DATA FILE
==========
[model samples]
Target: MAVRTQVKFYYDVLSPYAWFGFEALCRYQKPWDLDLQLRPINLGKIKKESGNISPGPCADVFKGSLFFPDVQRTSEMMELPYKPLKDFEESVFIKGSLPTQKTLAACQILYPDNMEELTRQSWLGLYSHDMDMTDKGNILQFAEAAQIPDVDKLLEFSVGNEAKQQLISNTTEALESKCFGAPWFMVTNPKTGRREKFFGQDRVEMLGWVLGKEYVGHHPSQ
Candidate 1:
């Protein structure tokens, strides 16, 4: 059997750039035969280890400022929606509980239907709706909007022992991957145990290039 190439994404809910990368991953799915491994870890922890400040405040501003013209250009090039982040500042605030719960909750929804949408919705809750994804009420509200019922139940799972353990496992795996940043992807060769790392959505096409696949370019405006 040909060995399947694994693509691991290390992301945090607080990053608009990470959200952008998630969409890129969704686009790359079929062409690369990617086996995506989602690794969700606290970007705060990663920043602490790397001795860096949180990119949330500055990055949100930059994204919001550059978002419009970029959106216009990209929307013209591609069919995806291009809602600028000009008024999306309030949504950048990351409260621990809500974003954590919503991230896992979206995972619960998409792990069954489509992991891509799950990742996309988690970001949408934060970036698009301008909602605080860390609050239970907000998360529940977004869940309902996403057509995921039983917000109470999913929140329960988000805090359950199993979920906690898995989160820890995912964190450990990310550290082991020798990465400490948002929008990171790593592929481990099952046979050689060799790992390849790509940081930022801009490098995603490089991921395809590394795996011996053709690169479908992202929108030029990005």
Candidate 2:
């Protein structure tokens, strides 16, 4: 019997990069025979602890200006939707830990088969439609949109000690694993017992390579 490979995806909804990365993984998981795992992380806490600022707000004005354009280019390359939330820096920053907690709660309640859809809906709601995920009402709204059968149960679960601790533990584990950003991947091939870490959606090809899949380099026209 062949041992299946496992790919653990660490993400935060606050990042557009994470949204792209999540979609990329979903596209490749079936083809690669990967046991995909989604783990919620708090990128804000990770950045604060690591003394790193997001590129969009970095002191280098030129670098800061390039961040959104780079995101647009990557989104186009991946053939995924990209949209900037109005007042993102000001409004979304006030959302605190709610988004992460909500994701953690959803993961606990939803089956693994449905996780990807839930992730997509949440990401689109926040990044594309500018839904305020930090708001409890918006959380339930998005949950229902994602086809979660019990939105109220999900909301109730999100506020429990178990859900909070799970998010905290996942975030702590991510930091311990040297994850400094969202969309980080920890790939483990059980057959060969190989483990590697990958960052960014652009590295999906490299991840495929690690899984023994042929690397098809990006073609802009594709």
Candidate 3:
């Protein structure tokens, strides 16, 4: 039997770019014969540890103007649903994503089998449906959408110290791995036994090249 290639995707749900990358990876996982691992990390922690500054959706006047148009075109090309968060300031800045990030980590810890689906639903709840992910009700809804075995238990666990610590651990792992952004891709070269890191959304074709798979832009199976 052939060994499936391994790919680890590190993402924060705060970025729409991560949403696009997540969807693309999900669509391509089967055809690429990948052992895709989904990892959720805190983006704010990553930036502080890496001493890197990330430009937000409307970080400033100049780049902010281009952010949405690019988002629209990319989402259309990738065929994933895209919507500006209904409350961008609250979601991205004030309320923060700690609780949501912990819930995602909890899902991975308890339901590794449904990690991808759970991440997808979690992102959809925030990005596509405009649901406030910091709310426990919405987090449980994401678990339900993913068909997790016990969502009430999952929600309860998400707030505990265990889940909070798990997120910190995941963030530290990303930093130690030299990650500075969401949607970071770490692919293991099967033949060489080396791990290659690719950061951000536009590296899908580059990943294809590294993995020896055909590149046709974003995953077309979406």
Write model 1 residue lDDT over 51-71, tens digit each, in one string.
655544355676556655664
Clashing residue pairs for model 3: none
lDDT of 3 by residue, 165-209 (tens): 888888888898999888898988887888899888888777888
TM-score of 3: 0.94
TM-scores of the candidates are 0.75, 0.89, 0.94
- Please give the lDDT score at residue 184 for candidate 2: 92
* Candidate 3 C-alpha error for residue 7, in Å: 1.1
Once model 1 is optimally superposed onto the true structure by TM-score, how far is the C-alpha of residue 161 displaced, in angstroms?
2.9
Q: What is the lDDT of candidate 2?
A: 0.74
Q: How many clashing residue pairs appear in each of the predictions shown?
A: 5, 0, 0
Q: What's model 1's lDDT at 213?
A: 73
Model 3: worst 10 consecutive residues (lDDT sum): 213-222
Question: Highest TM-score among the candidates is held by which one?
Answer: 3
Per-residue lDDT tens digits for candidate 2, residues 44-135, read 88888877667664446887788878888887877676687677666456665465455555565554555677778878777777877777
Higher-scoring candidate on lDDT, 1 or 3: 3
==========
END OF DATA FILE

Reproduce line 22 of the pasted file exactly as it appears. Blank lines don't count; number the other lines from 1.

A: 5, 0, 0